Carolyn Ravenscroft, Archivist
The survival rate of triplets in the mid-19th century was not high – neither for mother nor children. A home-birth with the assistance of the local doctor was dicey at best. Medicine of the day was also woefully inadequate to assist these undersized or premature babies once they were born. So, it is surprising that Catherine Drew Delano (1833-1919) was able to produce three healthy babies on a cold winter’s day in January, 1868. The children – two girls and a boy – were Caroline S. Delano (1868-1955), Grace T. Delano (1868-1935) and Benjamin Franklin Delano (1868-1920). What makes their coming into the world even more special, are the four photographs that follow them from infancy to their teenage years. A remarkable record of their early life.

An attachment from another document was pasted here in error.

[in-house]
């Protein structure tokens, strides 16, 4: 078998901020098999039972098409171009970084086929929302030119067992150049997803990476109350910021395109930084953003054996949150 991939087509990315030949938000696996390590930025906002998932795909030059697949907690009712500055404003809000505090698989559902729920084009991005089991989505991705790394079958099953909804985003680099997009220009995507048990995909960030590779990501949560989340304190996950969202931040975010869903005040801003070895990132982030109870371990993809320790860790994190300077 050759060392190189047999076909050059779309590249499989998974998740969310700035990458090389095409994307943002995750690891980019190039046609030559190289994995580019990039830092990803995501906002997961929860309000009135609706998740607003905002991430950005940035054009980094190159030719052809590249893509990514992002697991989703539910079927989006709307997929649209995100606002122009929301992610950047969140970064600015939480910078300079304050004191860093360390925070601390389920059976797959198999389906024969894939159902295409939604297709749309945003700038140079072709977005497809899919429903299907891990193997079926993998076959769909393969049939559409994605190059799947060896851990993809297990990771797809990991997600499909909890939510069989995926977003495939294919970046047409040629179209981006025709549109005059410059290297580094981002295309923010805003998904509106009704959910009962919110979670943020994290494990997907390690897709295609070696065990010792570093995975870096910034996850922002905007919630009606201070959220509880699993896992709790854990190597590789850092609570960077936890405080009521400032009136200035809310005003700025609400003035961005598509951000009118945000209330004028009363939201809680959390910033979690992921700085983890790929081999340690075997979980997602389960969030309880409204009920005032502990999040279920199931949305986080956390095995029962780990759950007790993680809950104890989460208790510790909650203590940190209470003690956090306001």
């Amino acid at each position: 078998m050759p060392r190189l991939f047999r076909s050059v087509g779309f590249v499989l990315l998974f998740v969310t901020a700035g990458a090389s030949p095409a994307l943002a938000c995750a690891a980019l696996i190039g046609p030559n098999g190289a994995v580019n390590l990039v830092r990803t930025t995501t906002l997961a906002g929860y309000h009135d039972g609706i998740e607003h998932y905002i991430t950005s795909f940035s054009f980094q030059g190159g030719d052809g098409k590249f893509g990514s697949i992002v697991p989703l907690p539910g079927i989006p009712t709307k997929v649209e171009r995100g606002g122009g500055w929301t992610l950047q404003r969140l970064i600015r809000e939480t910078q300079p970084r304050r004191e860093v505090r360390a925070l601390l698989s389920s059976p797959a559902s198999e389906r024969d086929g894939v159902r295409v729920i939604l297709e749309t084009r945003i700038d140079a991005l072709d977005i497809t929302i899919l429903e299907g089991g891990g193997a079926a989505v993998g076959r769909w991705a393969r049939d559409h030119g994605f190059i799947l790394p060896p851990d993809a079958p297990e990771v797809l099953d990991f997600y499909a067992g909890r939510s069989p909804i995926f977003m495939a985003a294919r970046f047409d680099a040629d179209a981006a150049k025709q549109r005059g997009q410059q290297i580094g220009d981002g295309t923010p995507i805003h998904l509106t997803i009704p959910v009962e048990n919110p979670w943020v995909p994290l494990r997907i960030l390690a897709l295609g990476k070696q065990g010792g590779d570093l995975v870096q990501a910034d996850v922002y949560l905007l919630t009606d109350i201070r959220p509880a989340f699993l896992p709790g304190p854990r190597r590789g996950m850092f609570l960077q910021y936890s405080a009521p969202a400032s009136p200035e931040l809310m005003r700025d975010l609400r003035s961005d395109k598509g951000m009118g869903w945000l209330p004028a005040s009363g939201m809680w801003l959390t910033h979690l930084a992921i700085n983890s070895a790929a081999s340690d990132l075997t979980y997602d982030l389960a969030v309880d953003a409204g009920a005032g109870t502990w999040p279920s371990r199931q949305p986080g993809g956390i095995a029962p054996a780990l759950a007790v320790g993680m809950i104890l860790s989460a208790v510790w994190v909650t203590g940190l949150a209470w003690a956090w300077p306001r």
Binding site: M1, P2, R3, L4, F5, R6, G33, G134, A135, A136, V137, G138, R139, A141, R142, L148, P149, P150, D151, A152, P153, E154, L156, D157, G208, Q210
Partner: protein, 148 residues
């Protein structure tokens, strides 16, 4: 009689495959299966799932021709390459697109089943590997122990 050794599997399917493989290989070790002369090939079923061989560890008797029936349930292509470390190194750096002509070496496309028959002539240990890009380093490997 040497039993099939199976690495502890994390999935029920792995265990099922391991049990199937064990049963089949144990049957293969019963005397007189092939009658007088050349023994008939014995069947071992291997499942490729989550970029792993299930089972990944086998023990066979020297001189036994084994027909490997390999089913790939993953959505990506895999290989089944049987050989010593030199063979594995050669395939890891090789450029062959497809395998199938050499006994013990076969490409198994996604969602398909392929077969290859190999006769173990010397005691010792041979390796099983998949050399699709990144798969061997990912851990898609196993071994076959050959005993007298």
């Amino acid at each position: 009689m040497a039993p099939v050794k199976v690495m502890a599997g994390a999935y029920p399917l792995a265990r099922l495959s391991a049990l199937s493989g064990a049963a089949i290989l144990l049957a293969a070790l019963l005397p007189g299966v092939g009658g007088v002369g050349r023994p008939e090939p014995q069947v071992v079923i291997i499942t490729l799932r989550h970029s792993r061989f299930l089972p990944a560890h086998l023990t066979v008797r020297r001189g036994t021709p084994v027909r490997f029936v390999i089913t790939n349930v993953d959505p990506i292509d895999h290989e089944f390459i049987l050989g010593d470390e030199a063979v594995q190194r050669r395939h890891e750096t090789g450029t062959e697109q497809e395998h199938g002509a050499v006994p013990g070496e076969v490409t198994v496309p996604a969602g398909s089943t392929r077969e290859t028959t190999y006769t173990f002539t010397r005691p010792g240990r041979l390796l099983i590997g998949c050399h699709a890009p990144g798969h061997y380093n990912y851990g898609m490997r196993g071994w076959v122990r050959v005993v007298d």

The triplets were born in Chelsea, MA but they are from Duxbury stock and spent much of their lives here. Their father, Winslow T. Delano, was the son of Capt. Samuel Delano and the nephew of Capt. Amasa Delano. After a short stint following the California Gold Rush, Winslow returned east and entered is brother’s shipbuilding firm on Lincoln’s Wharf in Boston – B. F. Delano & Co. In 1855 he married Catherine D. Winslow of Duxbury. Two sets of twins came in quick succession – Fanny and Emily in 1857 and George and Arthur in 1859. In each of these cases, a twin sadly died within three months. When the triplets arrived, therefore, they were greeted not only by their grateful parents, but also only two older siblings. But, in a cruel twist of fate, while the triplets thrived, it was their father who did not live past three months of their birth. On April 23, 1868 Winslow died of “softening of the brain.” This diagnosis could indicate a variety of causes, but it was most likely a cerebral hemorrhage. He was only 47 years old. Catherine was now the widowed mother of five young children.The 1870 census shows the family having left Chelsea and living on St. George Street in Duxbury next to the home of Catherine’s parents – George Winslow and Hannah Drew Winslow. This move ensured that Catherine had the help of not only her mother and younger sister, Georgianna Winslow, but also of a number of aunts, cousins and friends. By 1880, however, the family had moved back to Boston and was living at 81 St. Botoloph Street. They divided their time between the city and the seaside, maintaining ownership of their St. George Street property throughout their lives. The Delanos were active in Duxbury’s civic and social affairs of the day – Caroline S. Delano, also called “Carrie,” was one of the founding members of the Duxbury Rural & Historical Society. Grace and Carrie never married and it does not appear that their brother did either – all are buried in their family’s plot in Duxbury’s Mayflower Cemetery.